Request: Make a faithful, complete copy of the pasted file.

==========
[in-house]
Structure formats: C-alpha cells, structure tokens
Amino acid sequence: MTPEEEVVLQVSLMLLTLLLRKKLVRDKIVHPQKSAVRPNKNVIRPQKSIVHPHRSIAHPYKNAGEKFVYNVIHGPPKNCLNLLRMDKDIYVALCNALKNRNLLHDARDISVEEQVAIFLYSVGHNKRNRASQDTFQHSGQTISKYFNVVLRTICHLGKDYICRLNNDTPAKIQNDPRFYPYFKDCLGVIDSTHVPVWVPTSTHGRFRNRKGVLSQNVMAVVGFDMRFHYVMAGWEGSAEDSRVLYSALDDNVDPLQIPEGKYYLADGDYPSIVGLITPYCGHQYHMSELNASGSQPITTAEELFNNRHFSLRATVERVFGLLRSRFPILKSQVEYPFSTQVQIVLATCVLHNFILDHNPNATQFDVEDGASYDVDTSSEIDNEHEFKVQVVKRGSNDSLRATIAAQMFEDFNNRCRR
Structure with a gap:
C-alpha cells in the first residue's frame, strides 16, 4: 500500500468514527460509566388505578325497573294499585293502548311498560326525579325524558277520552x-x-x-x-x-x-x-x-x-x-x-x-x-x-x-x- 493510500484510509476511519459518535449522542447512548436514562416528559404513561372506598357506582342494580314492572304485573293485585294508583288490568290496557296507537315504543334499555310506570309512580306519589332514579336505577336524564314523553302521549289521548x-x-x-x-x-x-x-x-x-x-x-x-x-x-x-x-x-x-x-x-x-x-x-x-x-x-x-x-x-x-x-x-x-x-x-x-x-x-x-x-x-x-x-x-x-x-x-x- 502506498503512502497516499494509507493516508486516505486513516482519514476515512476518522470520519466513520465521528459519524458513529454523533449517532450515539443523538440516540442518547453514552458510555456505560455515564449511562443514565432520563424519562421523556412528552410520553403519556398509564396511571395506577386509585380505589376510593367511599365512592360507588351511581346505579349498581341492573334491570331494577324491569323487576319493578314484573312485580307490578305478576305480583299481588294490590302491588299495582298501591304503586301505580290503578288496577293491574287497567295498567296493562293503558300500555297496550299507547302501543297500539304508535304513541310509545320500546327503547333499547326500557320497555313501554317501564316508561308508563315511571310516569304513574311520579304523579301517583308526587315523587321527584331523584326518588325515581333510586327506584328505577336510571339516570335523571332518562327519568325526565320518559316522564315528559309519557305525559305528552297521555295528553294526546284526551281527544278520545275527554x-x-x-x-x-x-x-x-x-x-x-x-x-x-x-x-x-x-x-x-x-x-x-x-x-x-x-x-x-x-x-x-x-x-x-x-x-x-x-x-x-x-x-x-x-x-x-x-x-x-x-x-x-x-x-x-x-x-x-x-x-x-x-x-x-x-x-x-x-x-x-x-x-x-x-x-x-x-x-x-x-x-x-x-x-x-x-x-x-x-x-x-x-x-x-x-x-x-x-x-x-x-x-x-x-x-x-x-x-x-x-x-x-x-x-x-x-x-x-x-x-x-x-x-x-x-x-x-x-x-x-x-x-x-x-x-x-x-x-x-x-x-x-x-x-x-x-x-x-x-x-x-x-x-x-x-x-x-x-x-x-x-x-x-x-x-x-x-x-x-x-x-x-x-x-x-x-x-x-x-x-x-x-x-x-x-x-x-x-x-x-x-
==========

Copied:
[in-house]
Structure formats: C-alpha cells, structure tokens
Amino acid sequence: MTPEEEVVLQVSLMLLTLLLRKKLVRDKIVHPQKSAVRPNKNVIRPQKSIVHPHRSIAHPYKNAGEKFVYNVIHGPPKNCLNLLRMDKDIYVALCNALKNRNLLHDARDISVEEQVAIFLYSVGHNKRNRASQDTFQHSGQTISKYFNVVLRTICHLGKDYICRLNNDTPAKIQNDPRFYPYFKDCLGVIDSTHVPVWVPTSTHGRFRNRKGVLSQNVMAVVGFDMRFHYVMAGWEGSAEDSRVLYSALDDNVDPLQIPEGKYYLADGDYPSIVGLITPYCGHQYHMSELNASGSQPITTAEELFNNRHFSLRATVERVFGLLRSRFPILKSQVEYPFSTQVQIVLATCVLHNFILDHNPNATQFDVEDGASYDVDTSSEIDNEHEFKVQVVKRGSNDSLRATIAAQMFEDFNNRCRR
Structure with a gap:
C-alpha cells in the first residue's frame, strides 16, 4: 500500500468514527460509566388505578325497573294499585293502548311498560326525579325524558277520552x-x-x-x-x-x-x-x-x-x-x-x-x-x-x-x- 493510500484510509476511519459518535449522542447512548436514562416528559404513561372506598357506582342494580314492572304485573293485585294508583288490568290496557296507537315504543334499555310506570309512580306519589332514579336505577336524564314523553302521549289521548x-x-x-x-x-x-x-x-x-x-x-x-x-x-x-x-x-x-x-x-x-x-x-x-x-x-x-x-x-x-x-x-x-x-x-x-x-x-x-x-x-x-x-x-x-x-x-x- 502506498503512502497516499494509507493516508486516505486513516482519514476515512476518522470520519466513520465521528459519524458513529454523533449517532450515539443523538440516540442518547453514552458510555456505560455515564449511562443514565432520563424519562421523556412528552410520553403519556398509564396511571395506577386509585380505589376510593367511599365512592360507588351511581346505579349498581341492573334491570331494577324491569323487576319493578314484573312485580307490578305478576305480583299481588294490590302491588299495582298501591304503586301505580290503578288496577293491574287497567295498567296493562293503558300500555297496550299507547302501543297500539304508535304513541310509545320500546327503547333499547326500557320497555313501554317501564316508561308508563315511571310516569304513574311520579304523579301517583308526587315523587321527584331523584326518588325515581333510586327506584328505577336510571339516570335523571332518562327519568325526565320518559316522564315528559309519557305525559305528552297521555295528553294526546284526551281527544278520545275527554x-x-x-x-x-x-x-x-x-x-x-x-x-x-x-x-x-x-x-x-x-x-x-x-x-x-x-x-x-x-x-x-x-x-x-x-x-x-x-x-x-x-x-x-x-x-x-x-x-x-x-x-x-x-x-x-x-x-x-x-x-x-x-x-x-x-x-x-x-x-x-x-x-x-x-x-x-x-x-x-x-x-x-x-x-x-x-x-x-x-x-x-x-x-x-x-x-x-x-x-x-x-x-x-x-x-x-x-x-x-x-x-x-x-x-x-x-x-x-x-x-x-x-x-x-x-x-x-x-x-x-x-x-x-x-x-x-x-x-x-x-x-x-x-x-x-x-x-x-x-x-x-x-x-x-x-x-x-x-x-x-x-x-x-x-x-x-x-x-x-x-x-x-x-x-x-x-x-x-x-x-x-x-x-x-x-x-x-x-x-x-x-